Oh, the reason I mentioned my friend’s hosting company is because he likes techie things and we could try and convince him to sponsor teams (especially ones that really need it) for more publicity. No idea if he’d actually go for it, but it’d be worth a shot.

Has anyone done a more in-depth tutorial for actually designing a website or modifying templates? And does anyone have a preferred software for web development like Dreamweaver? Tutorials are inherently difficult because of the diverse nature of the task, but it would be cool to centralize some of these resources to make it easy for people searching the forums.

I initially liked dreamweaver when I was developing our lab website, but I ultimately migrated to a mediawiki base install because of the nature of the site (handlab.iit.edu). If you’re interested in a wiki format like wikipedia, check out: http://www.mediawiki.org/wiki/MediaWiki. There are plenty of others with a wide range of features that you can see here: http://en.wikipedia.org/wiki/List_of_wikis.

The local server idea is a great way to get started without spending any money on a hosting plan or domain. If you are using linux, then you will use LAMP. But, since most people use windows, google for WAMP. Its easy to setup. If you need any help just let me know.

Most rookie teams, and even some older teams, do not have websites. A website makes it extremely easy to find information about other teams around the world. I think all teams should try and get a website setup, even if they don’t wanna make it complicated, it can be simple.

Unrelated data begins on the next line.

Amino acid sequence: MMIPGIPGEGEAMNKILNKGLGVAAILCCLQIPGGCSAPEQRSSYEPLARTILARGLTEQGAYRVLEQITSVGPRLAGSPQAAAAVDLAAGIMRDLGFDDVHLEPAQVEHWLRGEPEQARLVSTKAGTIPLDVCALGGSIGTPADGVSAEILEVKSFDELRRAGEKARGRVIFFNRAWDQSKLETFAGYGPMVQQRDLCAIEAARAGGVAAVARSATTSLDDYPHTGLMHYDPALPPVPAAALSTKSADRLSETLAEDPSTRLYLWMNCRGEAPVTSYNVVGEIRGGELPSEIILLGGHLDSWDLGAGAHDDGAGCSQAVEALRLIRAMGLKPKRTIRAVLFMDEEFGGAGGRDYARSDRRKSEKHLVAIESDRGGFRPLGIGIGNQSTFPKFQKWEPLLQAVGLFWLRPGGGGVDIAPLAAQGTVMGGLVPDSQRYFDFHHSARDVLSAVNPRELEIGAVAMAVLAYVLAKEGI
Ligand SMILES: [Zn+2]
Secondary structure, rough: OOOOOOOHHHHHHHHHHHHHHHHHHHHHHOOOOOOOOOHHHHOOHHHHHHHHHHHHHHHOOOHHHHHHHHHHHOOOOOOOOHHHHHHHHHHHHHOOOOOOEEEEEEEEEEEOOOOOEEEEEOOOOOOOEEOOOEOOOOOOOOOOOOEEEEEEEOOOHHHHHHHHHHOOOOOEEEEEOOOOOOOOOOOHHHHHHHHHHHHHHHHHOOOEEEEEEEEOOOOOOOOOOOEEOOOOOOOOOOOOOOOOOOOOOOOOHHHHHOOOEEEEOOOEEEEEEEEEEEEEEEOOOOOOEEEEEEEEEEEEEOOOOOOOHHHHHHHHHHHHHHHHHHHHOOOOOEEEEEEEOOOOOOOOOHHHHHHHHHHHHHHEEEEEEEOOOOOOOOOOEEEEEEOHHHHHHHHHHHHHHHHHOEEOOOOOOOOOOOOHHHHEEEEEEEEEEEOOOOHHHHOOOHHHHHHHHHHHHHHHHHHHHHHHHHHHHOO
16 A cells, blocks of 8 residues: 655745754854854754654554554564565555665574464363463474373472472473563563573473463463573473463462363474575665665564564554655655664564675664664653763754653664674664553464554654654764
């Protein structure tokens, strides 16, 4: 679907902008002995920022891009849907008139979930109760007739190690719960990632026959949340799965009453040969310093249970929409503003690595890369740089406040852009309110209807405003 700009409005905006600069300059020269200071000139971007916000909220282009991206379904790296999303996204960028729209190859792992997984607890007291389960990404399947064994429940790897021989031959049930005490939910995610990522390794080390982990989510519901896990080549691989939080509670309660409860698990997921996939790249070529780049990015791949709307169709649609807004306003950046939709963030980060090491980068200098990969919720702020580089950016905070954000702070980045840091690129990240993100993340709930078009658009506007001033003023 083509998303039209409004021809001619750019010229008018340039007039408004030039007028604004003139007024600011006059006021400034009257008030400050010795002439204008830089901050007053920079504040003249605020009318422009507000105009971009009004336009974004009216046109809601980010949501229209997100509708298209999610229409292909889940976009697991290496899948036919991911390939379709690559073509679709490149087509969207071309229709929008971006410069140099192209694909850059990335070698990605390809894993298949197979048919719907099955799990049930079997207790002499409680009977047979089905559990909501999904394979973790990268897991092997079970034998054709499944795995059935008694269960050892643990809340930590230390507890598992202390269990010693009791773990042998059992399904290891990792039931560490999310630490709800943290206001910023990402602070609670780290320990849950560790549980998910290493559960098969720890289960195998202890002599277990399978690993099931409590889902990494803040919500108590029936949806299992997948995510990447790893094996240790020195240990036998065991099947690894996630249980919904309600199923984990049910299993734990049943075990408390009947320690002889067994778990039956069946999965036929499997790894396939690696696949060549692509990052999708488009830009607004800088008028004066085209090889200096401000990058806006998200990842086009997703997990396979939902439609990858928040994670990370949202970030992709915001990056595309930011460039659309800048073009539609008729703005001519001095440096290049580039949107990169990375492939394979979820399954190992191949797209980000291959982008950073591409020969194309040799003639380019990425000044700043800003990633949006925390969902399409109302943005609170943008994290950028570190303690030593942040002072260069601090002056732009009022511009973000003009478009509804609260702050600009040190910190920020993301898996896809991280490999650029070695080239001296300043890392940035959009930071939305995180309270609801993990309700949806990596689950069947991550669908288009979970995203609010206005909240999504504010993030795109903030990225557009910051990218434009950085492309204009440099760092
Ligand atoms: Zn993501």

I have been using Dreamweaver for about 3 years now. I love it. It makes designing and working with a website easy. Atleast in my opinion.

I really hope some teams will read this forum and want to get a website started for their team.

I am signed up with MediaTemple. It is expensive but I figured it is really worth it. I got in to the XServe beta and it’s really awesome.

As for home hosting, I have a basement server, with:

  • Debian
  • Apache
  • PHP/Python/Ruby
  • MySQL/SQLite3
  • Django/Ruby on Rails/Trac
  • SVN/Git
  • PhpMyAdmin

And that is all I’ve been needing to host like many many websites (with low loads).

Comcast hasn’t booted me yet :slight_smile:

I have gotten most of my help from here: http://www.howtoforge.com/
Under the Debian and Ubuntu sections are articles named “Perfect Server Setup”

It is very easy to follow, and teams should not have too much trouble setting up the actual server.

One tip I got for LAMP setup, make sure you don’t install a GUI, especially if it’s an old box you are just using for server.

I really encourage Debian because it is so easy to use the apt-get installer. Unbuntu has something like this too, but I’ve never seen Ubuntu as a hosting OS.

A former member of team 616 and Field Supervisor at NASA/VCU this year has a server and offers free hosting to teams. Check out his website at usfirsthost.com so contact him or request to be hosted.